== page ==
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A young girl shopping for pencils at a school supply store

Back-to-school shopping is back — but don’t expect all the sweet deals you’ve been used to in the past.

The pandemic upended school shopping last year, but now that much of the U.S. population is vaccinated, students are headed back to in-person classes in the fall. And they're going to be loaded up with school supplies. Total back-to-school spending in 2021 is expected to reach an all-time high of $37.1 billion, according to a survey from the National Retail Federation (NRF).

It's not just that families are buying more back-to-school supplies this year. Thanks to shortages, shipping costs and more, your shopping cart may be a bit more expensive than you expect. Retailers are also aware of heightened demand from shoppers, so they may be less likely to offer steep discounts on things like crayons and backpacks compared to previous years.

“When costs go up, inevitably they get passed on to consumers,” says Alla Valente, a senior analyst at the research firm Forrester.

Here’s what you can expect as you set out to purchase those notebooks and lunch boxes.

Back-to-school supply shortages

Retailers are facing several hurdles when it comes to getting parents and students the supplies they need for the school season.

Transportation, including from China and other Asian countries, has become significantly more expensive. Retail giants like Walmart and Amazon are scrambling to nab space on shipping containers as they try to restock after pandemic-induced supply chain disruptions, the Wall Street Journal reported. Meanwhile, prices have also been increased due to mass delays after a huge shipping container got stuck in Egypt’s Suez Canal for six days in March. The incident took place right as many companies were trying to ramp up their supply chain after a rough 2020, Valente says.

“That really threw a wrench in their plans to make themselves whole again,” Valente adds.

NRF has heard from retailers that they’re planning to fly products in instead of shipping them, which is more expensive, and companies might not have a choice but to pass the cost on to consumers, says Katherine Cullen, NRF’s Senior Director of Industry and Consumer Insights.

While we’ve gotten somewhat used to dealing with shortages over the last year (remember the great toilet paper shortage of 2020?), it isn't making back-to-school shopping any easier. A global chip shortage — driven by several factors including the pandemic’s impact on supply chains and customer behavior, and government sanctions on Chinese technology companies — is impacting production on everything from cars to smartphones. That may make it tougher to find good deals on computers for students.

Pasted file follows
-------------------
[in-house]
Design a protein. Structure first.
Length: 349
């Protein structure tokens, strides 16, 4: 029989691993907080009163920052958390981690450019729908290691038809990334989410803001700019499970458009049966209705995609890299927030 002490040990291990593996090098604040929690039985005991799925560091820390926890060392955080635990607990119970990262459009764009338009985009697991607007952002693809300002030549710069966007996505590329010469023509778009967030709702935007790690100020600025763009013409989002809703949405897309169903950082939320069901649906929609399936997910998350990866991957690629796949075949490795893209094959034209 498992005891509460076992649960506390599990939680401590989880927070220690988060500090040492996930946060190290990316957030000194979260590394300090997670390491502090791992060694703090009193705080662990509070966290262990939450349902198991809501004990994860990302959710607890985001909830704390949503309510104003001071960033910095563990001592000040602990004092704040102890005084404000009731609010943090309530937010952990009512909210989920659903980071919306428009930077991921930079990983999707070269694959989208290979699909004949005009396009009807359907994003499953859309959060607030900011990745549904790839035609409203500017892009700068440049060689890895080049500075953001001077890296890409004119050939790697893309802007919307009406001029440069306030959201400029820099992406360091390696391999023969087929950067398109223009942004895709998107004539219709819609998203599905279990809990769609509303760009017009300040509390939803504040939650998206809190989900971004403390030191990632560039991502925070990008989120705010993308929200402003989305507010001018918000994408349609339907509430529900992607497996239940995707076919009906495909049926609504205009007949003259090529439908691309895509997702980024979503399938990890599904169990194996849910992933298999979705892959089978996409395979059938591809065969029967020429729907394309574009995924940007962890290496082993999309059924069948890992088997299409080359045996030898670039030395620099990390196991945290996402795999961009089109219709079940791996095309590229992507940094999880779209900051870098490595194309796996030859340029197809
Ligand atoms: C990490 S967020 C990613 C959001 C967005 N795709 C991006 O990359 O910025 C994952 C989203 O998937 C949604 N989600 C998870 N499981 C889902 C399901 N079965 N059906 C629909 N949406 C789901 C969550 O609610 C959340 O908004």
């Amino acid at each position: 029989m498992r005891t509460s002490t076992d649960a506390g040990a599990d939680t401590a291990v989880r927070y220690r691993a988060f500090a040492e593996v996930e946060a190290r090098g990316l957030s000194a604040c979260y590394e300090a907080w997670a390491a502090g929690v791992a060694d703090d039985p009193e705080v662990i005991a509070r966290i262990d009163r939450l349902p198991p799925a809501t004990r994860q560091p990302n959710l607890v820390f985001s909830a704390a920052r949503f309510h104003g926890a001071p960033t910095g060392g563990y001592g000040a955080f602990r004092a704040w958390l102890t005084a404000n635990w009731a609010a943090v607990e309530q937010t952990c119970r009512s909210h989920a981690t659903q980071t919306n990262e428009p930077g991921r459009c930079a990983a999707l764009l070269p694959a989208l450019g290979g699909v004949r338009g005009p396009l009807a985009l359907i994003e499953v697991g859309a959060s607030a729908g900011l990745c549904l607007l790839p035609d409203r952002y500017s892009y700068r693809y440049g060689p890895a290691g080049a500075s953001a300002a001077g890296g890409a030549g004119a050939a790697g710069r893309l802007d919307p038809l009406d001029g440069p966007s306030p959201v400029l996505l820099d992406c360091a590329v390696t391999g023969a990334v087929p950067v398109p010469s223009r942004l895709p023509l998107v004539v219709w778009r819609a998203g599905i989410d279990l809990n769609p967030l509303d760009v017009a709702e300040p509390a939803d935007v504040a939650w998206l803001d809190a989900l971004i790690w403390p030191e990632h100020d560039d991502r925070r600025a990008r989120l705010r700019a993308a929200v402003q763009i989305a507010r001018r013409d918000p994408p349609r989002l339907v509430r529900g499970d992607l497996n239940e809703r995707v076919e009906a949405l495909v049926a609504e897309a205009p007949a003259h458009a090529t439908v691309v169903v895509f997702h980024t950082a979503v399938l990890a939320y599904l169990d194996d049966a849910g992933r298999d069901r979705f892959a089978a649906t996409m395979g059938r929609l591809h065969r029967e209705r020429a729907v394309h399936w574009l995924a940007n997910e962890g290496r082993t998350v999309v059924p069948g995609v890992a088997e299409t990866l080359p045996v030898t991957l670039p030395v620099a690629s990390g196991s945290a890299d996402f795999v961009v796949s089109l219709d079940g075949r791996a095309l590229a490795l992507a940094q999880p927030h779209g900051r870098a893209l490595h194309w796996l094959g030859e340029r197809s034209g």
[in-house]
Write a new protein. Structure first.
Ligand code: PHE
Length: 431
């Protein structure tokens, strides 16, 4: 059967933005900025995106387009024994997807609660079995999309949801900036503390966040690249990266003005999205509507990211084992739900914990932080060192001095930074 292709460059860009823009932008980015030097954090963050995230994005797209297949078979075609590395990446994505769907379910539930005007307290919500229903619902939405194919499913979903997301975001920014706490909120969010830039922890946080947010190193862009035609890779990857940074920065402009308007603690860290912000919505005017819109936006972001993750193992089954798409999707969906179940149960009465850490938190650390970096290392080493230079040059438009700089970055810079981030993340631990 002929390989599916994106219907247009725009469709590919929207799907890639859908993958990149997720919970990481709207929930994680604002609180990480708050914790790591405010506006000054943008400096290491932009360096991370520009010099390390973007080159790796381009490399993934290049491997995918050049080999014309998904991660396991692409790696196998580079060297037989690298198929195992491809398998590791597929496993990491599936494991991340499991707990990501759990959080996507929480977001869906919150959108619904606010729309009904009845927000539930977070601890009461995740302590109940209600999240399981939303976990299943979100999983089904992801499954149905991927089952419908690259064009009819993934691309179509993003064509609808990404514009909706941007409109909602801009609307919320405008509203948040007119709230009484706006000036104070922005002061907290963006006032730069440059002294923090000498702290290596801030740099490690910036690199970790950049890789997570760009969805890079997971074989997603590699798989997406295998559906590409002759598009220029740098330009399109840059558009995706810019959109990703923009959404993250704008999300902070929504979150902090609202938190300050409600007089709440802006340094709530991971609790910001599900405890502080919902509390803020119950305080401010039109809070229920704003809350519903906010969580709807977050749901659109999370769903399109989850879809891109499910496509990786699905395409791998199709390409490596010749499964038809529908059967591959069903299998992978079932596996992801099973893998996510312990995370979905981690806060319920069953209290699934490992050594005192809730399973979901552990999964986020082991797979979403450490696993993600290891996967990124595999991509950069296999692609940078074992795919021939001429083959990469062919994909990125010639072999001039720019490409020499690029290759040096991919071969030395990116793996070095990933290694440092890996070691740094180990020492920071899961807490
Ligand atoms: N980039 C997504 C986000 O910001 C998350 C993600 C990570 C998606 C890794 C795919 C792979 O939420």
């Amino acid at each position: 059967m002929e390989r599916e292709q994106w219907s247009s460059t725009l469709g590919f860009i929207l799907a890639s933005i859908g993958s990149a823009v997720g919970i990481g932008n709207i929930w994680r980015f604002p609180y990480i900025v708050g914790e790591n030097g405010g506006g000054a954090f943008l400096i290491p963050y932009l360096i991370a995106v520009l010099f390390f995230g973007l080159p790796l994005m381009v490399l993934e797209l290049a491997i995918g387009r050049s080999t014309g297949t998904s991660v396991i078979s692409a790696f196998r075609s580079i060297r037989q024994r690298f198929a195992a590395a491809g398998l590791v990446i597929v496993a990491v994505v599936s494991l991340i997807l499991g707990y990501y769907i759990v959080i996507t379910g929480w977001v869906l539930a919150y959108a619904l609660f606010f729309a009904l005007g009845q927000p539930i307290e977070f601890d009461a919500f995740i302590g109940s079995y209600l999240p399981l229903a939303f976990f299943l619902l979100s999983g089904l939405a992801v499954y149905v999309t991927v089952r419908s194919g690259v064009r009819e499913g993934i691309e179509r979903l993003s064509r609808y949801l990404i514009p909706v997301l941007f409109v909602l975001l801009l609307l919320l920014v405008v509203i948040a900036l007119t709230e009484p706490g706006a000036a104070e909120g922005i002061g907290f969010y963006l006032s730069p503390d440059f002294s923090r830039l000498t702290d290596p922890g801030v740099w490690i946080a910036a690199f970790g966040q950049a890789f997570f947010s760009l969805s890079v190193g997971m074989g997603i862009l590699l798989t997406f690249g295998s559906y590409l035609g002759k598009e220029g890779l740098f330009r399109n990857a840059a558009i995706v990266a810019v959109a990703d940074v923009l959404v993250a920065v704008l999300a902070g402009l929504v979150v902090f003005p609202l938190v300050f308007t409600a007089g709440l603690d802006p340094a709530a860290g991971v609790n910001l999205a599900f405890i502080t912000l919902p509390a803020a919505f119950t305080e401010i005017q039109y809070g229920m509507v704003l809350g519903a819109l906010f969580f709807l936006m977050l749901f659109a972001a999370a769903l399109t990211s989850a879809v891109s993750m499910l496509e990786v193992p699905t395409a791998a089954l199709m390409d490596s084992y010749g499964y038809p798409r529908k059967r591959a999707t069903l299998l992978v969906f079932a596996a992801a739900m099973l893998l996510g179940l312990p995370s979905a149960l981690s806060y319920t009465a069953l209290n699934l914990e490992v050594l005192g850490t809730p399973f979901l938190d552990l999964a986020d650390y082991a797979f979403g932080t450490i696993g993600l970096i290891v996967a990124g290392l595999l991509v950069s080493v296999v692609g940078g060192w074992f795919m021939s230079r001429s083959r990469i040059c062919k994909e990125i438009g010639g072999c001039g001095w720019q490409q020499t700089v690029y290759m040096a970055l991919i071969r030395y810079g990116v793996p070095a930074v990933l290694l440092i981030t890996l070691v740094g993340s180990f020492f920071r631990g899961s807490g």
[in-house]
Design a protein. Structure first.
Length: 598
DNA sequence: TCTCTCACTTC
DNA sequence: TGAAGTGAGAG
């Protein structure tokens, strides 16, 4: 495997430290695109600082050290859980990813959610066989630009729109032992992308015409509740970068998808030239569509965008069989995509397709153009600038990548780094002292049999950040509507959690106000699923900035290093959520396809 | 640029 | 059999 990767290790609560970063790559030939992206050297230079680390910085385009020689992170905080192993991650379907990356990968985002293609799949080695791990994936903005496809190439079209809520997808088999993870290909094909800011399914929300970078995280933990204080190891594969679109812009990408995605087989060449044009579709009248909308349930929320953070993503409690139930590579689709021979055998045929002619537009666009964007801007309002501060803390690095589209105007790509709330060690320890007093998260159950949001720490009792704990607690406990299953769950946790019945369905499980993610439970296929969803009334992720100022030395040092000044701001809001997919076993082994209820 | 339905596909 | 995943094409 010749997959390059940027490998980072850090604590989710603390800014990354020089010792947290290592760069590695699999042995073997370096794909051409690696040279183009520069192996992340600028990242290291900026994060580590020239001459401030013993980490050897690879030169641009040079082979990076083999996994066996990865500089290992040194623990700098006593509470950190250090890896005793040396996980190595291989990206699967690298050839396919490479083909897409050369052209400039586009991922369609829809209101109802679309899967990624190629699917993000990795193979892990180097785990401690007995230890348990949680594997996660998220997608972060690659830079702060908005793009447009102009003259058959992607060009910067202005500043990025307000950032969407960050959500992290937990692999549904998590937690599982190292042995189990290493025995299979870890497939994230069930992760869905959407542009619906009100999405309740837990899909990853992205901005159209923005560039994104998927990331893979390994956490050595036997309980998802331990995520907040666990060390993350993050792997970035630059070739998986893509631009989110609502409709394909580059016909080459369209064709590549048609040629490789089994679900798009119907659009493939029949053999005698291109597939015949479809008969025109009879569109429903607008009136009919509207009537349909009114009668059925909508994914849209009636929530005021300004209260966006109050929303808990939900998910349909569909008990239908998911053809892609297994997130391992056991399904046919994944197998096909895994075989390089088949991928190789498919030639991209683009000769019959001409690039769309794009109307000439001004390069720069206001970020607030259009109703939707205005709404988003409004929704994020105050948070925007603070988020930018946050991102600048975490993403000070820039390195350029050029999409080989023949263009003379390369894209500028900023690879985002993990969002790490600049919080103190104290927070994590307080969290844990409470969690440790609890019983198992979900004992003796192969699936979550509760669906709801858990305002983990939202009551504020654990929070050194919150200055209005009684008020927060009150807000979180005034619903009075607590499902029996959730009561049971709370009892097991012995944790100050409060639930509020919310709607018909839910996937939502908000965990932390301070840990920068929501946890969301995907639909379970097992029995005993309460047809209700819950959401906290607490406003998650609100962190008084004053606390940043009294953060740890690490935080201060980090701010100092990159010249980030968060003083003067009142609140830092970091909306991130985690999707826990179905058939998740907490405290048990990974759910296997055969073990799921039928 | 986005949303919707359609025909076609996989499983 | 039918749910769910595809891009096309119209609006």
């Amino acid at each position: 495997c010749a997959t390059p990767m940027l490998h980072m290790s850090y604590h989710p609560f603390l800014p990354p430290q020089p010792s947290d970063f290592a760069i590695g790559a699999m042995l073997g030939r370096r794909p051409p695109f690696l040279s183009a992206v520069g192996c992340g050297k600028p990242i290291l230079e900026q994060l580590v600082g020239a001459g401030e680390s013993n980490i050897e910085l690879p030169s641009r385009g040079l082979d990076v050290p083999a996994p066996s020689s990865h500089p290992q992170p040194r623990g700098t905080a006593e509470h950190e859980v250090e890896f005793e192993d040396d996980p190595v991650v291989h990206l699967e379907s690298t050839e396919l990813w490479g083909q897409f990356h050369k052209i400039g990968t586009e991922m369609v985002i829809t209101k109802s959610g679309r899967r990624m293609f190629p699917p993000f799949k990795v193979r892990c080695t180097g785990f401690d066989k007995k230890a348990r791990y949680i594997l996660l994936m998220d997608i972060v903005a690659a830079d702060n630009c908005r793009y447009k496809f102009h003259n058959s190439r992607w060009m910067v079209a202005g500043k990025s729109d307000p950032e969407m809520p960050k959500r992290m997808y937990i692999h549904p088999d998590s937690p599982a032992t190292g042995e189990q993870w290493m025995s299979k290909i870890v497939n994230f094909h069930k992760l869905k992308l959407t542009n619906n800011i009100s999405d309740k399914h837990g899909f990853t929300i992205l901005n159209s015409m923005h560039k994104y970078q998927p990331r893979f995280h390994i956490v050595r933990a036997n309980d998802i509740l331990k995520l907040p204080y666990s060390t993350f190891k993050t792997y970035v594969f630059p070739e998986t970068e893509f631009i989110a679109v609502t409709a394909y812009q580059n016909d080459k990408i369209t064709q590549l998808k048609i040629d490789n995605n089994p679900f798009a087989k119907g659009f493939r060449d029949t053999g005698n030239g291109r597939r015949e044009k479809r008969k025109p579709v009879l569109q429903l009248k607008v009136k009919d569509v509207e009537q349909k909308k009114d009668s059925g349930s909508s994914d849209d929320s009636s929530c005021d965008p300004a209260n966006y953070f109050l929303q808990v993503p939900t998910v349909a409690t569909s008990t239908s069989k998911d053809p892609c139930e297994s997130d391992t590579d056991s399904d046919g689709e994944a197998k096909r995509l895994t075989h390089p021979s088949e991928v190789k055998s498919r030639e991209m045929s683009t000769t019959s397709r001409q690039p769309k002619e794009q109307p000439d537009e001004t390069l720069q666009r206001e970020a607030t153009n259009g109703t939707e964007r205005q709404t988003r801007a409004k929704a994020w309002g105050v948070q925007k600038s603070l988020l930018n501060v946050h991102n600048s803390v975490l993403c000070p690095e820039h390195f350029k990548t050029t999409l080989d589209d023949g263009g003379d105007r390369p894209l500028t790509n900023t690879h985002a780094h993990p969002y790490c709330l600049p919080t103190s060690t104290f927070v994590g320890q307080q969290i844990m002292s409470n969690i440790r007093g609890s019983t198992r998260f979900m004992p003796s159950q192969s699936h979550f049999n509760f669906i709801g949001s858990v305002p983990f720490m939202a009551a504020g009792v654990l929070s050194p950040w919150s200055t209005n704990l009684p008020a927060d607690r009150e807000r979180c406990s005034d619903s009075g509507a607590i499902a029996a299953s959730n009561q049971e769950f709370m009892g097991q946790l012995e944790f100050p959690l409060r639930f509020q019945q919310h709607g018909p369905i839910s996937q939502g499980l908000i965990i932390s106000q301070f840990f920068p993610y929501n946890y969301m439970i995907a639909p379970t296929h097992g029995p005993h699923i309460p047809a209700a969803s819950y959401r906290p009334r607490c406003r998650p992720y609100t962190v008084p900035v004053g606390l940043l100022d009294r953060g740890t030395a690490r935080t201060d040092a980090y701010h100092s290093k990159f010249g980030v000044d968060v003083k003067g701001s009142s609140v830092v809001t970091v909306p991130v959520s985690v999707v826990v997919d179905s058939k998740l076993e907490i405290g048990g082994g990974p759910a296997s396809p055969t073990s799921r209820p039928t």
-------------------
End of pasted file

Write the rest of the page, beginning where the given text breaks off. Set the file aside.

Students and parents will also be chasing after cleaning supplies, which grocery stores are already stockpiling, as teachers add these products to their shopping lists.

Our shopping behaviors changed during the pandemic

Consumers have also changed the way they approach their shopping lists, and it's impacting what's available to buy.

“We were so used to just going in and ordering what we wanted, and buying things because they were in stock or we could get them with two-day, three-day shipping,” Valente says. “Now, after last year, we’re doing a bit more bulk buying and a bit more just-in-case buying.”

Meanwhile, there may be more demand for technology as some parents are hesitant to send their children (especially those under age 12 and still ineligible for the COVID-19 vaccine) back to school or want to supplement schooling at home because of learning lost during the pandemic, Valente says.

How to save on back-to-school shopping

It’s not the time to procrastinate.

“Don’t wait until the last minute particularly for any essential school supplies” Cullen says. “Start early, give yourself time to shop around.”

It’s also best to not try to stock up on everything at once, but focus on the first-week essentials. You can go back for that extra box of markers in a few weeks.

And use retailers’ tools to your advantage, Cullen says. Check e-commerce sites and mobile apps to see which products may be unavailable online but can be bought in store, and if there are any special deals for picking up items in person.

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